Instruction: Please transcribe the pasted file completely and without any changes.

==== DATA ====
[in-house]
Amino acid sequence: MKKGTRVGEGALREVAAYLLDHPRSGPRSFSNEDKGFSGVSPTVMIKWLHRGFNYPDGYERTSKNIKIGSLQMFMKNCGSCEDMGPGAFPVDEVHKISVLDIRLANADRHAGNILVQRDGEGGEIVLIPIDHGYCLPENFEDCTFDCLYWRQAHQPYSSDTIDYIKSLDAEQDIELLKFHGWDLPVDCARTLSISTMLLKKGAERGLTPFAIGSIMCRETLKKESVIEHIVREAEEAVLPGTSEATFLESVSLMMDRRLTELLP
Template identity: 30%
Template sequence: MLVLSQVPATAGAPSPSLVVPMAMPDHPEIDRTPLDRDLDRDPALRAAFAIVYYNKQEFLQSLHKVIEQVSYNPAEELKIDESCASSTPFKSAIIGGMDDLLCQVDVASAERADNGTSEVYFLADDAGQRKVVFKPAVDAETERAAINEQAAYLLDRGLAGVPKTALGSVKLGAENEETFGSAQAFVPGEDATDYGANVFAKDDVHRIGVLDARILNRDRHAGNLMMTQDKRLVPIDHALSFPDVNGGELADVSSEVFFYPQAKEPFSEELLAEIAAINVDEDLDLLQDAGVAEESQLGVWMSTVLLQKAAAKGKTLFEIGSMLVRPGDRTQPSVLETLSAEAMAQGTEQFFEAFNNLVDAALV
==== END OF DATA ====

[in-house]
Amino acid sequence: MKKGTRVGEGALREVAAYLLDHPRSGPRSFSNEDKGFSGVSPTVMIKWLHRGFNYPDGYERTSKNIKIGSLQMFMKNCGSCEDMGPGAFPVDEVHKISVLDIRLANADRHAGNILVQRDGEGGEIVLIPIDHGYCLPENFEDCTFDCLYWRQAHQPYSSDTIDYIKSLDAEQDIELLKFHGWDLPVDCARTLSISTMLLKKGAERGLTPFAIGSIMCRETLKKESVIEHIVREAEEAVLPGTSEATFLESVSLMMDRRLTELLP
Template identity: 30%
Template sequence: MLVLSQVPATAGAPSPSLVVPMAMPDHPEIDRTPLDRDLDRDPALRAAFAIVYYNKQEFLQSLHKVIEQVSYNPAEELKIDESCASSTPFKSAIIGGMDDLLCQVDVASAERADNGTSEVYFLADDAGQRKVVFKPAVDAETERAAINEQAAYLLDRGLAGVPKTALGSVKLGAENEETFGSAQAFVPGEDATDYGANVFAKDDVHRIGVLDARILNRDRHAGNLMMTQDKRLVPIDHALSFPDVNGGELADVSSEVFFYPQAKEPFSEELLAEIAAINVDEDLDLLQDAGVAEESQLGVWMSTVLLQKAAAKGKTLFEIGSMLVRPGDRTQPSVLETLSAEAMAQGTEQFFEAFNNLVDAALV